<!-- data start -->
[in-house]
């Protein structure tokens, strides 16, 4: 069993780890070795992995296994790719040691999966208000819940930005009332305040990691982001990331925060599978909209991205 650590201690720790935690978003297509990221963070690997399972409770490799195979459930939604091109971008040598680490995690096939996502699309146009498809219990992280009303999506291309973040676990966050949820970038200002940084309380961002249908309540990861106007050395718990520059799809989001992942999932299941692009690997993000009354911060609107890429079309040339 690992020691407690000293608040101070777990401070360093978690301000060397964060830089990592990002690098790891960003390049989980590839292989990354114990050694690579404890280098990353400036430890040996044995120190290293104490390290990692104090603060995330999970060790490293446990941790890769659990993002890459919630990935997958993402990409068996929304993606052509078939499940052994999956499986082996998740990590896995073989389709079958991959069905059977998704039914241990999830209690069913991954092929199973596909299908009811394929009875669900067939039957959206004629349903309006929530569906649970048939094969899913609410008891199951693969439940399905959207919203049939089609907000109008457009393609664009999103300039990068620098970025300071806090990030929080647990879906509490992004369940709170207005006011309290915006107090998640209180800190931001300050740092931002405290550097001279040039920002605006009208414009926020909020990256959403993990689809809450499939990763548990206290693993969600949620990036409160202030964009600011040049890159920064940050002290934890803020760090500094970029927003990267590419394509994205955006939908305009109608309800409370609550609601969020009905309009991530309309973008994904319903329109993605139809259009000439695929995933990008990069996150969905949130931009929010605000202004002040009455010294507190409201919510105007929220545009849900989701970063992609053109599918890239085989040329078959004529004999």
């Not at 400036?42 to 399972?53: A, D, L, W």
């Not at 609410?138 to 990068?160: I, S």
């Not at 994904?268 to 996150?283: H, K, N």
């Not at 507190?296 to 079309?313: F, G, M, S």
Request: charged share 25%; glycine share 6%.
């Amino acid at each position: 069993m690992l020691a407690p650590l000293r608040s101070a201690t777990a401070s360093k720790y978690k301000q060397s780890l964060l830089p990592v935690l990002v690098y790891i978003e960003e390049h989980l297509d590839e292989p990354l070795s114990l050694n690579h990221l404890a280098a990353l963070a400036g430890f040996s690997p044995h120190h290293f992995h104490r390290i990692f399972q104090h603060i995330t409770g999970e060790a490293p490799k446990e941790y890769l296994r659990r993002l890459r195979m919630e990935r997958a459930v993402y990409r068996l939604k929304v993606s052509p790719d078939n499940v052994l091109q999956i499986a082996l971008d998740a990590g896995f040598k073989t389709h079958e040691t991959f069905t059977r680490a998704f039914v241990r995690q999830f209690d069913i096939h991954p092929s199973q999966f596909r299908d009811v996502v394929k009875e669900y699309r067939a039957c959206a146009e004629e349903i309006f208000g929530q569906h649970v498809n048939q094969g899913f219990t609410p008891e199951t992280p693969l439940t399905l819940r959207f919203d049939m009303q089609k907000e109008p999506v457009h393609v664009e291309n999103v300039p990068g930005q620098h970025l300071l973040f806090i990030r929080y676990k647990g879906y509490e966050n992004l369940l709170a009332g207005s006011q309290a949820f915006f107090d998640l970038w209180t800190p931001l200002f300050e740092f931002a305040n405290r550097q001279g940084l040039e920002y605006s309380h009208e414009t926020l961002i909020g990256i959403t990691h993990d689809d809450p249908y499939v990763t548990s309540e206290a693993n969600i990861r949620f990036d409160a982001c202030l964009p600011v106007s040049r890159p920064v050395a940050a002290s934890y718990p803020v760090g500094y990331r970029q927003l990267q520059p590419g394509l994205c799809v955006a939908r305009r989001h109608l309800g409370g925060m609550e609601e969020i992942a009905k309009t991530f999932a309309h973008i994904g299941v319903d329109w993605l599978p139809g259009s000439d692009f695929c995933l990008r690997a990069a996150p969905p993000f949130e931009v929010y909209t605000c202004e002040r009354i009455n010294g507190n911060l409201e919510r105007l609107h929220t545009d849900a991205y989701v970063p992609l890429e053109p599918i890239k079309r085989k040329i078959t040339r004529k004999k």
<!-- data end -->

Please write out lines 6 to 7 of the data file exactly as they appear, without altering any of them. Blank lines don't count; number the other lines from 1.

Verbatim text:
């Not at 507190?296 to 079309?313: F, G, M, S």
Request: charged share 25%; glycine share 6%.